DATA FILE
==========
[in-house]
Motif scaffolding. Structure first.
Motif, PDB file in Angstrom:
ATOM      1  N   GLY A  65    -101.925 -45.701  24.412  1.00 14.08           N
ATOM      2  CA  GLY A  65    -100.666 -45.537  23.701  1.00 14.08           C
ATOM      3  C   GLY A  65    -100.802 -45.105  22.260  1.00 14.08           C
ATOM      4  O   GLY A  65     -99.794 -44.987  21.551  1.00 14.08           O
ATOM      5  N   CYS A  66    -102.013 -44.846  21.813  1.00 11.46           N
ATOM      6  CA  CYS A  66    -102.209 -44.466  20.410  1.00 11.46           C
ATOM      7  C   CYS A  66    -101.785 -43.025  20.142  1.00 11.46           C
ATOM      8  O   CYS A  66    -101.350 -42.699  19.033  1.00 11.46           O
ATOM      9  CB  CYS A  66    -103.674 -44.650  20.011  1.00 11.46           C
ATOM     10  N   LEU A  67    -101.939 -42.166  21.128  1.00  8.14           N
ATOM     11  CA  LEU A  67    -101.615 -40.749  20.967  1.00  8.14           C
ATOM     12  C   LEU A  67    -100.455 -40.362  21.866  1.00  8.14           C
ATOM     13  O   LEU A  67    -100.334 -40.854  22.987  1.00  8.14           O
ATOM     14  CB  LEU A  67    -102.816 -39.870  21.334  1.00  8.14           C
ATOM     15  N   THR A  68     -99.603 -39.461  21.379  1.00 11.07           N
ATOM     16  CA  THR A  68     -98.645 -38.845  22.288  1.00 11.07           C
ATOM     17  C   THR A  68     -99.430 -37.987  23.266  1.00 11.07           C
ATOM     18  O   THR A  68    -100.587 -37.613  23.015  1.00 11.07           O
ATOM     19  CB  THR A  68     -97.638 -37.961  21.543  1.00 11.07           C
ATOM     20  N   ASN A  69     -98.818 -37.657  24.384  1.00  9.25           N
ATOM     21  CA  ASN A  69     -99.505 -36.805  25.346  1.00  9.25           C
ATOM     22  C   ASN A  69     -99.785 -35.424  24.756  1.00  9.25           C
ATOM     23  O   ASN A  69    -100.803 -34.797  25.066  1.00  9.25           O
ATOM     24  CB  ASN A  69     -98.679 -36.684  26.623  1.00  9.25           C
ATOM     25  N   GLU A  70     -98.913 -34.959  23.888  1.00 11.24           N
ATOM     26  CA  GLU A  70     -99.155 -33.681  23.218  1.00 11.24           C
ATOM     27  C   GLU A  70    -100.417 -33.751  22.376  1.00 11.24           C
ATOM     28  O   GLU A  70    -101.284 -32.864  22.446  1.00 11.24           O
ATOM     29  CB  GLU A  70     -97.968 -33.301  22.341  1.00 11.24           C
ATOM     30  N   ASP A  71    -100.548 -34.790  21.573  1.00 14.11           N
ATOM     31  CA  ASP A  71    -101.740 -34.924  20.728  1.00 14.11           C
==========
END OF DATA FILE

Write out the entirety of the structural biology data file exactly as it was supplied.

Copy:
[in-house]
Motif scaffolding. Structure first.
Motif, PDB file in Angstrom:
ATOM      1  N   GLY A  65    -101.925 -45.701  24.412  1.00 14.08           N
ATOM      2  CA  GLY A  65    -100.666 -45.537  23.701  1.00 14.08           C
ATOM      3  C   GLY A  65    -100.802 -45.105  22.260  1.00 14.08           C
ATOM      4  O   GLY A  65     -99.794 -44.987  21.551  1.00 14.08           O
ATOM      5  N   CYS A  66    -102.013 -44.846  21.813  1.00 11.46           N
ATOM      6  CA  CYS A  66    -102.209 -44.466  20.410  1.00 11.46           C
ATOM      7  C   CYS A  66    -101.785 -43.025  20.142  1.00 11.46           C
ATOM      8  O   CYS A  66    -101.350 -42.699  19.033  1.00 11.46           O
ATOM      9  CB  CYS A  66    -103.674 -44.650  20.011  1.00 11.46           C
ATOM     10  N   LEU A  67    -101.939 -42.166  21.128  1.00  8.14           N
ATOM     11  CA  LEU A  67    -101.615 -40.749  20.967  1.00  8.14           C
ATOM     12  C   LEU A  67    -100.455 -40.362  21.866  1.00  8.14           C
ATOM     13  O   LEU A  67    -100.334 -40.854  22.987  1.00  8.14           O
ATOM     14  CB  LEU A  67    -102.816 -39.870  21.334  1.00  8.14           C
ATOM     15  N   THR A  68     -99.603 -39.461  21.379  1.00 11.07           N
ATOM     16  CA  THR A  68     -98.645 -38.845  22.288  1.00 11.07           C
ATOM     17  C   THR A  68     -99.430 -37.987  23.266  1.00 11.07           C
ATOM     18  O   THR A  68    -100.587 -37.613  23.015  1.00 11.07           O
ATOM     19  CB  THR A  68     -97.638 -37.961  21.543  1.00 11.07           C
ATOM     20  N   ASN A  69     -98.818 -37.657  24.384  1.00  9.25           N
ATOM     21  CA  ASN A  69     -99.505 -36.805  25.346  1.00  9.25           C
ATOM     22  C   ASN A  69     -99.785 -35.424  24.756  1.00  9.25           C
ATOM     23  O   ASN A  69    -100.803 -34.797  25.066  1.00  9.25           O
ATOM     24  CB  ASN A  69     -98.679 -36.684  26.623  1.00  9.25           C
ATOM     25  N   GLU A  70     -98.913 -34.959  23.888  1.00 11.24           N
ATOM     26  CA  GLU A  70     -99.155 -33.681  23.218  1.00 11.24           C
ATOM     27  C   GLU A  70    -100.417 -33.751  22.376  1.00 11.24           C
ATOM     28  O   GLU A  70    -101.284 -32.864  22.446  1.00 11.24           O
ATOM     29  CB  GLU A  70     -97.968 -33.301  22.341  1.00 11.24           C
ATOM     30  N   ASP A  71    -100.548 -34.790  21.573  1.00 14.11           N
ATOM     31  CA  ASP A  71    -101.740 -34.924  20.728  1.00 14.11           C